Twelve percent of adults in Sweden have diseases related to their use of medicines. But in four cases of ten it would have been possible to avoid the undesired effects. These are the conclusions of a thesis presented at the Sahlgrenska Academy, University of Gothenburg.
Katja Hakkarainen and her research colleagues have used 7,099 questionnaires and 4,970 patient medical records in Östergötland to map drug-related morbidity. Their work has included side effects, toxicity, the development of drug dependence, the insufficient effect of drugs, and lack of drug treatment.
The study is described in Katja Hakkarainen’s thesis, and shows that 19% of all adults in Sweden report some form of drug-related morbidity, while examination of the medical records gives a figure of 12%.
Two effects were most commonly reported: side effects, and insufficient effect of the drug.
Could have been prevented
At the same time, 20% of those who completed the questionnaire stated that they themselves, healthcare personnel or relatives could have prevented these effects.
Clinical experts who have examined the drug-related morbidity described in the medical records also came to the conclusion that 39%, or four cases of ten, could have been prevented.
“Our results show that drug-related morbidity is a significant public health problem, and that it must be prevented across the whole of the healthcare sector,” says Katja Hakkarainen, pharmacist and researcher at the Sahlgrenska Academy, University of Gothenburg.
Most previous studies in the field have focused on side effects associated with drug use. Katja Hakkarainen’s thesis, in contrast, draws attention to a broader spectrum of drug-related morbidity, including insufficient effects of medicines. The latter effect means, for example, that a potentially active drug has been taken at the wrong dose by the patient, or that it has been prescribed or used wrongly in some other way.
“The studies show that both those treating outpatients and those treating inpatients must become better at recognising drug-related morbidity. Further, new studies should be carried out by scientists, experts in safety and healthcare personnel together to develop preventative strategies,” says Katja Hakkarainen.
The questionnaire study was carried out in 2010, and the medical records were reviewed for year 2008, in collaboration with the Nordic School of Public Health NHV and Linköping University.
The thesis Prevalence and nature of adverse drug events and the potential for their prevention – Population-based studies among adults was successfully defended at a disputation on 21 March, 2014.
Link to the thesis: https://gupea.ub.gu.se/handle/2077/34825
Katja Hakkarainen, pharmacist and research student at the Sahlgrenska Academy, University of Gothenburg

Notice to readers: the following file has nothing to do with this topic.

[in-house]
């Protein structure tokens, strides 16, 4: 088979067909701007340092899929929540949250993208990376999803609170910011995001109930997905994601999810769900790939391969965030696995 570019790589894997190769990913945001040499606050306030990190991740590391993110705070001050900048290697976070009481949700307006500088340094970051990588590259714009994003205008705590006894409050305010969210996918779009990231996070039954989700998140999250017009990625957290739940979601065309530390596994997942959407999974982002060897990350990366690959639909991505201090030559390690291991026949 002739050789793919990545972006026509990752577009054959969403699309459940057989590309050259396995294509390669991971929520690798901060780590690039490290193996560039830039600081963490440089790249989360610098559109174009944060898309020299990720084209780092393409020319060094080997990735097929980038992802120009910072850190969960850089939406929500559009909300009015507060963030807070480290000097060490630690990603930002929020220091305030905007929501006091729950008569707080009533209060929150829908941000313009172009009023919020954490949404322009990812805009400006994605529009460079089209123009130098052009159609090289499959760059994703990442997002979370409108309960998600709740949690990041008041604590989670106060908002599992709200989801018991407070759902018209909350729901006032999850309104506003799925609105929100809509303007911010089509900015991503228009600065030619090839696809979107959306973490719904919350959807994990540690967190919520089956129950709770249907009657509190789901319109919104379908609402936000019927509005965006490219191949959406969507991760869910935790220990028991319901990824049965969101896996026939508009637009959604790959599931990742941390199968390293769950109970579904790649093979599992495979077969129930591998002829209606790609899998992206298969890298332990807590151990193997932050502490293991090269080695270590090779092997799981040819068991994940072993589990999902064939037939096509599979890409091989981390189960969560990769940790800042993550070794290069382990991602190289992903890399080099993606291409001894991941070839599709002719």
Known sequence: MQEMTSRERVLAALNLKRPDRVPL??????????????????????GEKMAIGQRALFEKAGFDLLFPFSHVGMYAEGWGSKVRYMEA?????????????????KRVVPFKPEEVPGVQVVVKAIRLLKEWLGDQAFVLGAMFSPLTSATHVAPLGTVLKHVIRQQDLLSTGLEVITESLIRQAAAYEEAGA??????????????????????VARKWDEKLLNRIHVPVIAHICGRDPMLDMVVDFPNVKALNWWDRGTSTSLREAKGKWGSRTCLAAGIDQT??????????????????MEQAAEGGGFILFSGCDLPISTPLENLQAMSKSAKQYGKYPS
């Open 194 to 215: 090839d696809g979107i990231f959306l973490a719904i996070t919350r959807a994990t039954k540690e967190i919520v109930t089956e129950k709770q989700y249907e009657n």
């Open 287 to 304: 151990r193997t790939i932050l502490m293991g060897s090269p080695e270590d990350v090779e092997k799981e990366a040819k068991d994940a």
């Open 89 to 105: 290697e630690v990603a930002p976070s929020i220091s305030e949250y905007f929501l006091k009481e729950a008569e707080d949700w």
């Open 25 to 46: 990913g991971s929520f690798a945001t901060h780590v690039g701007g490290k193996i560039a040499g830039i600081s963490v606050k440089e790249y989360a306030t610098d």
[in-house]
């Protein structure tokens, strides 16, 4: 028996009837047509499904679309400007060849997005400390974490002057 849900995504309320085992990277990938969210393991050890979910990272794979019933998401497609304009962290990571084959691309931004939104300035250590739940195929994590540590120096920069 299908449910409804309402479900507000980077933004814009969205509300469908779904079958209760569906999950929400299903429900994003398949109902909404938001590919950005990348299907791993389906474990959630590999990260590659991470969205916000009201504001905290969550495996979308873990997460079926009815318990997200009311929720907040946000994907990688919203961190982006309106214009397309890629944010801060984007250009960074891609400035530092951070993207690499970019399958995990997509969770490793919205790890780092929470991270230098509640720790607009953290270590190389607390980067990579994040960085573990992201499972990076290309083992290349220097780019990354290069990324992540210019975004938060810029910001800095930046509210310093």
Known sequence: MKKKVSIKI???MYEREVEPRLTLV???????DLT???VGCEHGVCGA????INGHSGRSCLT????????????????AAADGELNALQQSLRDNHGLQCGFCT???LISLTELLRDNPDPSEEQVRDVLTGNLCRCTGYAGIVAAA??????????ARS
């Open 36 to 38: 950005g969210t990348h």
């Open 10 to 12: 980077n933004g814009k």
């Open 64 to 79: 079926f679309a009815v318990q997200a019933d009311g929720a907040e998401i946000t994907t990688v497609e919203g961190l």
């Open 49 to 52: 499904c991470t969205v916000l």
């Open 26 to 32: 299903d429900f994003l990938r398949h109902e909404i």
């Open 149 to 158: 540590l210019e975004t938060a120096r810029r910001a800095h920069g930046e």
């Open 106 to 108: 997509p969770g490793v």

+46 (0)31 693989
Krister Svahn | idw - Informationsdienst Wissenschaft
Why might reading make myopic?
18.07.2018 | Universitätsklinikum Tübingen
Unique brain 'fingerprint' can predict drug effectiveness
11.07.2018 | McGill University
For the first time ever, scientists have determined the cosmic origin of highest-energy neutrinos. A research group led by IceCube scientist Elisa Resconi, spokesperson of the Collaborative Research Center SFB1258 at the Technical University of Munich (TUM), provides an important piece of evidence that the particles detected by the IceCube neutrino telescope at the South Pole originate from a galaxy four billion light-years away from Earth.
To rule out other origins with certainty, the team led by neutrino physicist Elisa Resconi from the Technical University of Munich and multi-wavelength...
For the first time a team of researchers have discovered two different phases of magnetic skyrmions in a single material. Physicists of the Technical Universities of Munich and Dresden and the University of Cologne can now better study and understand the properties of these magnetic structures, which are important for both basic research and applications.
Whirlpools are an everyday experience in a bath tub: When the water is drained a circular vortex is formed. Typically, such whirls are rather stable. Similar...
Physicists working with Roland Wester at the University of Innsbruck have investigated if and how chemical reactions can be influenced by targeted vibrational excitation of the reactants. They were able to demonstrate that excitation with a laser beam does not affect the efficiency of a chemical exchange reaction and that the excited molecular group acts only as a spectator in the reaction.
A frequently used reaction in organic chemistry is nucleophilic substitution. It plays, for example, an important role in in the synthesis of new chemical...
Optical spectroscopy allows investigating the energy structure and dynamic properties of complex quantum systems. Researchers from the University of Würzburg present two new approaches of coherent two-dimensional spectroscopy.
"Put an excitation into the system and observe how it evolves." According to physicist Professor Tobias Brixner, this is the credo of optical spectroscopy....
Ultra-short, high-intensity X-ray flashes open the door to the foundations of chemical reactions. Free-electron lasers generate these kinds of pulses, but there is a catch: the pulses vary in duration and energy. An international research team has now presented a solution: Using a ring of 16 detectors and a circularly polarized laser beam, they can determine both factors with attosecond accuracy.
Free-electron lasers (FELs) generate extremely short and intense X-ray flashes. Researchers can use these flashes to resolve structures with diameters on the...
13.07.2018 | Event News
12.07.2018 | Event News
03.07.2018 | Event News
18.07.2018 | Materials Sciences
18.07.2018 | Life Sciences
18.07.2018 | Health and Medicine